How’s this for devotion? An Edmonton restaurant worker tells me he hopped on his motorcycle one day, rode 300 kilometres to Calgary for a Tubby Dog and then promptly headed home. My odyssey is only a few clicks to traffic-choked 17th Avenue SW, where I join a short line of aficionados in the delightfully shabby, retro joint, decked out in bold red and yellow colours, with Tubby posters on one wall and video games and a pinball machine along another. So why the cult following, especially for those seeking a post-midnight tube steak fix? It starts with good dogs, steamed and then grilled and plopped into fresh buns. But what puts Tubby’s over the top is the generous, creative toppings—ranging from mounds of cheese, bacon and potato chips in the signature A-Bomb to peanut butter, jelly and Cap’n Crunch cereal (yikes!) in the Cap’ns Dog. My Sumo features a refreshing mix of crunchy seaweed, pickled ginger and mild wasabi; the heat could be kicked up a notch. Nearly all the dogs are $7, so throw in a half order of yam fries and you’ve got a satisfying, distinctive meal for just over nine bucks. On Tuesdays after 8 pm, Tubby turns to exclusively tacos and tostados, at bargain prices.
1022 17 Avenue SW
Sunday to Thursday 11:30 am till late, Friday-Saturday 11:30 am-1 am, with window service till 4 am. Cash only
A lot of active outdoor folks who pass through Calgary make a pilgrimage to the city’s Mountain Equipment Co-op outlet, near downtown, to pick up affordable outdoor clothing and gear. To fuel up for the day’s hike or mountain bike ride, head straight across the street to the bustling Holy Grill for breakfast—try the bacon avocado crisp, featuring a fried egg—or a lunch panini (the bountiful Mr. Chicken also includes bacon) or double burger. Just about everything on the lunch menu is around $8, though a near-mandatory $4 side order of beet chips will put you over $10.
827 10 Avenue SW
Monday to Friday 7:30 am-4 pm, Saturday 10 am-4 pm. Closed Sunday
Don’t go to Puspa if you’re seeking ambience or trendy dining. Located in a nondescript brick strip mall in northwest Calgary, the Indian restaurant is dim and rosy-hued inside and appears untouched since the two Datta brothers opened it 20 years ago. But that means the focus is squarely on the food. As a result, you’re getting some delicious Bengal-style meal deals, especially from the short lunch menu (a nearby couple say they’ve been regulars for 15 years, and it’s always good). My chicken curry thali has big chunks of tender chicken breast in a nicely spiced sauce. Served on a compartmentalized steel plate (hence the term thali), it comes with hot, soft slices of naan bread, saffron rice, and an undistinguished salad—all for $9, including a rice pudding. I think I can forego ambience for that kind of value.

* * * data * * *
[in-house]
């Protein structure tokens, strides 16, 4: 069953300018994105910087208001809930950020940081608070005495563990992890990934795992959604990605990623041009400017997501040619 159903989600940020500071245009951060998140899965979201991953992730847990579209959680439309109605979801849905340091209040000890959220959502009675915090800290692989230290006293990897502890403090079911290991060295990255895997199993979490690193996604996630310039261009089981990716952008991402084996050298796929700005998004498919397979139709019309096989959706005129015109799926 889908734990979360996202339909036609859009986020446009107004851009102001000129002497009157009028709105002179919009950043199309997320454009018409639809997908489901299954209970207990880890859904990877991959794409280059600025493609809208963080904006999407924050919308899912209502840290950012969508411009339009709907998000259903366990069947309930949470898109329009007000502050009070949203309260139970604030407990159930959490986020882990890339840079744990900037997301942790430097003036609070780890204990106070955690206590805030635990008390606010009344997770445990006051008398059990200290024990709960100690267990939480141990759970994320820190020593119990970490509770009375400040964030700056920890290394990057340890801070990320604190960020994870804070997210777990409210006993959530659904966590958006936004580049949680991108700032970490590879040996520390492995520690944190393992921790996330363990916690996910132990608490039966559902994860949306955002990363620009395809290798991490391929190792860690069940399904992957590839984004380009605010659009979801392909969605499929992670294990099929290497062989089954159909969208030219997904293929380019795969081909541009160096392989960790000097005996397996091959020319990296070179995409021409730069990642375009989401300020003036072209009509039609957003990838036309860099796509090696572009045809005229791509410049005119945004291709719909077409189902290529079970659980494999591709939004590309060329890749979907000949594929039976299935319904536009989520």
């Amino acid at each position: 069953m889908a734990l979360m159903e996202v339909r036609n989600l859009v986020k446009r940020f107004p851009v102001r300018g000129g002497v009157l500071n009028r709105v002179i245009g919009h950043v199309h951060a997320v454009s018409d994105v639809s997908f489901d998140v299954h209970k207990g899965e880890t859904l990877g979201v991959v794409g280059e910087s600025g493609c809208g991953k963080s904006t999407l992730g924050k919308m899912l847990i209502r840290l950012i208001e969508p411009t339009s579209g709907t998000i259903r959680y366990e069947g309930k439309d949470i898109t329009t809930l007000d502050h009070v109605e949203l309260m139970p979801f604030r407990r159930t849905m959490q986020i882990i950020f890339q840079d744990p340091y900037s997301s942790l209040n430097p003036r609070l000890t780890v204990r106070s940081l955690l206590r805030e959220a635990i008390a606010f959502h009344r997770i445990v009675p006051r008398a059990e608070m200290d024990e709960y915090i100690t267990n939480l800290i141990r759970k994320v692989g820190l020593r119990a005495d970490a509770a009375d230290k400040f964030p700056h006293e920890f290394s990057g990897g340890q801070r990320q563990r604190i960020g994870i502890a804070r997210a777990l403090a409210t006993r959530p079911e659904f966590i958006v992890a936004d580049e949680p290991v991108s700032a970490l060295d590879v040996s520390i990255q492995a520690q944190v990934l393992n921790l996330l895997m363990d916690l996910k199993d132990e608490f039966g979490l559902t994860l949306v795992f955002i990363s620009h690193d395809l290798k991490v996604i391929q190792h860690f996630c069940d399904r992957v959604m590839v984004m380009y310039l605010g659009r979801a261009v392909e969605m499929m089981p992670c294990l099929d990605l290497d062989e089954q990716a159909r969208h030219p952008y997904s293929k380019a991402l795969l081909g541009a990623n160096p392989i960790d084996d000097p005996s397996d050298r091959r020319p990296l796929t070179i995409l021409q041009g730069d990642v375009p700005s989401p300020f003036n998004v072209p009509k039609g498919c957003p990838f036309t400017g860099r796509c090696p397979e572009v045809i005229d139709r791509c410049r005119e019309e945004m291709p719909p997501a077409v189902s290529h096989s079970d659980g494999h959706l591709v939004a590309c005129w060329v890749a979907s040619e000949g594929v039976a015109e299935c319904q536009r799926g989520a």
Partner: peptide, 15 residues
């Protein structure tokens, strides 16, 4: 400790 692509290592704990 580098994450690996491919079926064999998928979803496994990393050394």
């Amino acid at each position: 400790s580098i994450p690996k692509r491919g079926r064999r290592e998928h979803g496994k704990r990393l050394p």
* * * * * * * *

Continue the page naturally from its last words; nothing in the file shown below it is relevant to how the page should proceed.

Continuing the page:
1051 40 Avenue NW, Calgary
Lunch Monday to Friday 11:30 am-2 pm, dinner Monday to Saturday 5 pm-9:30 pm. Closed Sunday
Now for a recommendation from Lynn Martel of Golden, British Columbia:
Haryana’s Indian (of the eastern variety) restaurant in Terrace, B.C. is in a roadside motel on the edge of town and the service is unforgettably slow, but TOTALLY worth the wait because every delectable morsel is made from scratch. The guys who work for highway avalanche control reportedly call in their order from the helipad, go home, shower, have a beer, then go to the restaurant and order another beer before their food comes. Legend is that the genius in the kitchen is someone’s grandmother, she speaks no English, but she is a virtuoso of Indian food. All dining should be this relaxed, and this good. Exquisite, nondescript hole in the wall.
5522 Highway 16 West, Terrace, B.C.
Got a Calgary bargain gem I’ve missesd? Want to share a great road-trip dining experience, even if it’s not in western U.S./Canada? Send it to me at firstname.lastname@example.org and I’ll try to post it.